The new president of the American Bar Association was in Tulsa on Wednesday to familiarize herself with the city and The University of Tulsa’s College of Law. Mary Smith is the first Native American woman to lead the ABA and said she chose Oklahoma for her first official stop as president, in part, because her grandmother grew up in Westville near Tahlequah.
Smith visited Greenwood Rising and TU’s Oklahoma Center for the Humanities before participating in a question-and-answer session with TU Law students. A former CEO of Indian Health Service, she also met with representatives from two of Oklahoma’s tribes.
Among other topics, she addressed the impact of the McGirt ruling, the Indian Civil Rights Act, the Indian Self-Determination and Educational Assistance Act and Tribal sovereignty. “It’s a complicated area of law, and there are very much highs and lows,” Smith said. She discussed the importance of diversity, equity and inclusion in the legal field. The ABA has formed a leadership academy for lawyers of color and encourages people from underrepresented groups to consider a career in law.
Smith also spoke about how attorneys are using artificial intelligence to quickly perform routine functions and how policies can help guide ethics and the use of tools like ChatGPT. She does not want to see the United States fall behind other countries, so her organization has formed a task force to create a framework regarding the proper use of AI for attorneys.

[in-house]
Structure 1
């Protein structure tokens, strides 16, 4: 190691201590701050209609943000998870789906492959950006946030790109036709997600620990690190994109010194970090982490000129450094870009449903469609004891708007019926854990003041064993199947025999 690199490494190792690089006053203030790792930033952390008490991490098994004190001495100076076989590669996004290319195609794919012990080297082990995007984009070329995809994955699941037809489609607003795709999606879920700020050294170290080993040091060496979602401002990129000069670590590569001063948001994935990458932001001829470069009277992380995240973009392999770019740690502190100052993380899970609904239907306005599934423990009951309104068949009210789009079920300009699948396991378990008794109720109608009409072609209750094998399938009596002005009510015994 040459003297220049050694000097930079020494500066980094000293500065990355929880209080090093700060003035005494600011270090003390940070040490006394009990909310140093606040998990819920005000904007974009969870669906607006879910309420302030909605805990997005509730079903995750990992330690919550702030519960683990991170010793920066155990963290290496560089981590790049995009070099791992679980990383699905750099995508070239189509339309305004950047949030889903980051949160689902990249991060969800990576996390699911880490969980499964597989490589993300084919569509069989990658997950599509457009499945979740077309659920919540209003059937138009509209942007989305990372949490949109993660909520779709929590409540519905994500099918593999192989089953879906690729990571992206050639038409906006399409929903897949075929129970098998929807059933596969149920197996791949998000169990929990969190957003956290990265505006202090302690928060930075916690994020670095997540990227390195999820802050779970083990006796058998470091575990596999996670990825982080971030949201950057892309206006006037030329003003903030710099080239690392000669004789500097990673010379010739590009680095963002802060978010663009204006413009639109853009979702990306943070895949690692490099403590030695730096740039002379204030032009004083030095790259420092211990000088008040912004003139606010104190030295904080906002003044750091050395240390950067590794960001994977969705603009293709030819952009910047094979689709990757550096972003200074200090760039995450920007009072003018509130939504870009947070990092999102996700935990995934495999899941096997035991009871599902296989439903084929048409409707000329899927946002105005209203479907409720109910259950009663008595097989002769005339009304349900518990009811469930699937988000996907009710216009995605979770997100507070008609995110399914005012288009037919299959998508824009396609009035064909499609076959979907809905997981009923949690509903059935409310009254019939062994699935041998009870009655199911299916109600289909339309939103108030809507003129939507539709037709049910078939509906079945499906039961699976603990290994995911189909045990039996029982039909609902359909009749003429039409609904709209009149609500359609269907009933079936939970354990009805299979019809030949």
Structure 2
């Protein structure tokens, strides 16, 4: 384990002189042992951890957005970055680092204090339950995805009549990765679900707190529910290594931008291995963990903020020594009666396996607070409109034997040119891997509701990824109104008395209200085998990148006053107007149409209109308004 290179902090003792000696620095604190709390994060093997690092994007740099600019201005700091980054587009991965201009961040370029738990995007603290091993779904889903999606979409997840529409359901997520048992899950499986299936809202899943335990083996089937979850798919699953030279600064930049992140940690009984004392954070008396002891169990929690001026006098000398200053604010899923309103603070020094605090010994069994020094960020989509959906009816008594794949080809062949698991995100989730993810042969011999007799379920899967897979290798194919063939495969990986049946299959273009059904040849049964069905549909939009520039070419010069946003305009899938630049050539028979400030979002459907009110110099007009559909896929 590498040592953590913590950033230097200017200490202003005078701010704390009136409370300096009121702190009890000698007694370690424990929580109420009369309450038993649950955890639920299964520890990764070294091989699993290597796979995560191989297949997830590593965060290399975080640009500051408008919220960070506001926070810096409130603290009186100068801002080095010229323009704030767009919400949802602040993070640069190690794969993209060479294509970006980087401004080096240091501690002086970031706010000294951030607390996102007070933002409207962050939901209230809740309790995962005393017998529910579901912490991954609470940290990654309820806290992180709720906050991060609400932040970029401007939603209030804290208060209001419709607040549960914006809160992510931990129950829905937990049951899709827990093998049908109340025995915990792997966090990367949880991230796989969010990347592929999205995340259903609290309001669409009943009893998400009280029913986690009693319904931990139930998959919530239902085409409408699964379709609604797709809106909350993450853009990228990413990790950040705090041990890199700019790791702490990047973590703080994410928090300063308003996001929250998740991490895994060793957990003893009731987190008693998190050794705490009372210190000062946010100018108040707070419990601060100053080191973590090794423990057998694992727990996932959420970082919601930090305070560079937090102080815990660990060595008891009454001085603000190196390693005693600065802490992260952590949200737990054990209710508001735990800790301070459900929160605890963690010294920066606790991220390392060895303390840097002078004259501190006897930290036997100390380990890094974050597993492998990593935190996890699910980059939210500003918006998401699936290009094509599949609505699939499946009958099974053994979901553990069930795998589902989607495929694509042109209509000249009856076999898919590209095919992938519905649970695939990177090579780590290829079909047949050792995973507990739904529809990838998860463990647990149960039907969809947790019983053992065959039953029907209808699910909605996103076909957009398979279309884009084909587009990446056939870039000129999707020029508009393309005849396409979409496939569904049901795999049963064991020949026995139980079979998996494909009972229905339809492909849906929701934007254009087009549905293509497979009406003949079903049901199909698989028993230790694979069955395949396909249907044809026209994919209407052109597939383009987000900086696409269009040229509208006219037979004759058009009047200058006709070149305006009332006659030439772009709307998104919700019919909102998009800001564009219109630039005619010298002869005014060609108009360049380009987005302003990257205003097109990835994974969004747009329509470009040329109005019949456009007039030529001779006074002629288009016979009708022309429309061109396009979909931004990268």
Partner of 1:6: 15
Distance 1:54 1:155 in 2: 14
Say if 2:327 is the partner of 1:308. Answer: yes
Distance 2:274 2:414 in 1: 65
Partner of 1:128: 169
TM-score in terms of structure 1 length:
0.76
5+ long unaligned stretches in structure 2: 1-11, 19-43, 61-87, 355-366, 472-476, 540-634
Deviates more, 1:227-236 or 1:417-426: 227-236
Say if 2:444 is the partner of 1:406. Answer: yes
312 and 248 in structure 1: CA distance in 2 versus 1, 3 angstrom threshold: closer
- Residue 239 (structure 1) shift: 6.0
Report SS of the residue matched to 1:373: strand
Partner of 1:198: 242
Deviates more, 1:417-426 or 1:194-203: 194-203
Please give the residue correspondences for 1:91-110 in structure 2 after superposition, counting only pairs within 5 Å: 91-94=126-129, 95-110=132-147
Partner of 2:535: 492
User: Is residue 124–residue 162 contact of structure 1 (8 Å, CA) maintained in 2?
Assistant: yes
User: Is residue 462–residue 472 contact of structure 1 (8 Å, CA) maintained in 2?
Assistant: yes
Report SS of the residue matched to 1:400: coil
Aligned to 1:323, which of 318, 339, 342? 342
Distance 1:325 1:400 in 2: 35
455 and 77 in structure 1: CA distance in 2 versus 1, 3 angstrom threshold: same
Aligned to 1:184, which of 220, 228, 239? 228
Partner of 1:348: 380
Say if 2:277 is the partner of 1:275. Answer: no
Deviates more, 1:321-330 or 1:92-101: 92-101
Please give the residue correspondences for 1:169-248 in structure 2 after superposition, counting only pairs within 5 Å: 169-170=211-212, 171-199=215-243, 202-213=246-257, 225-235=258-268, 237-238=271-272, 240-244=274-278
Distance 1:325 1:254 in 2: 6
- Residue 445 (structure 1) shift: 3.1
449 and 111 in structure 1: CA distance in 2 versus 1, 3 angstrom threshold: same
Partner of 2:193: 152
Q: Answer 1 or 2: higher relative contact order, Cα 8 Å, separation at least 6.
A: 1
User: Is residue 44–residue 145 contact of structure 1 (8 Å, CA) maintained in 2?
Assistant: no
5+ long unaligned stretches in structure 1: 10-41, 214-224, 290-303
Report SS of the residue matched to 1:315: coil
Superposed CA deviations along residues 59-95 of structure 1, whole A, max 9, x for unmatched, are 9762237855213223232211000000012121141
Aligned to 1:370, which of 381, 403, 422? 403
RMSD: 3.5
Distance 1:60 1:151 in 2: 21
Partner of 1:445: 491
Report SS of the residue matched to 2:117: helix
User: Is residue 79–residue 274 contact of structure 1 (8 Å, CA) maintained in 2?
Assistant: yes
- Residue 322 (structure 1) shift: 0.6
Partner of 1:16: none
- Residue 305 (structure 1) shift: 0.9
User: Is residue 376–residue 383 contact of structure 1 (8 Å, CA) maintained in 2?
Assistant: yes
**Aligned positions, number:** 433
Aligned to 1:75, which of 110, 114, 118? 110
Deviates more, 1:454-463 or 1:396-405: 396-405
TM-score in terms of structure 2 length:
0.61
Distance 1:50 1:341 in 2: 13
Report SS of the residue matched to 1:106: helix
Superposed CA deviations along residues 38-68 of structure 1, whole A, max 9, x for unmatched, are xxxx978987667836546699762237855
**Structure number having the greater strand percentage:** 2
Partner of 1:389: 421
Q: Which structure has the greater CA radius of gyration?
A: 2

Smith encouraged the students to enjoy their time in law school, explore all the different opportunities in the legal field and not put too much pressure on themselves. “Take advantage of internships, summer jobs,” she told students, who were gathered in the Price & Turpen Courtroom for the lunch-hour session. “Even as an intern, you can make a difference.”
TU Law Dean Oren Griffin said the students were energized by Smith’s visit and that it was an honor for the president of the American Bar Association to visit TU’s College of Law during its centennial. “We were really excited to have President Smith visit The University of Tulsa College of Law. Her comments regarding civility, the rule of law, and the future of artificial intelligence were well received by our students,” Griffin said.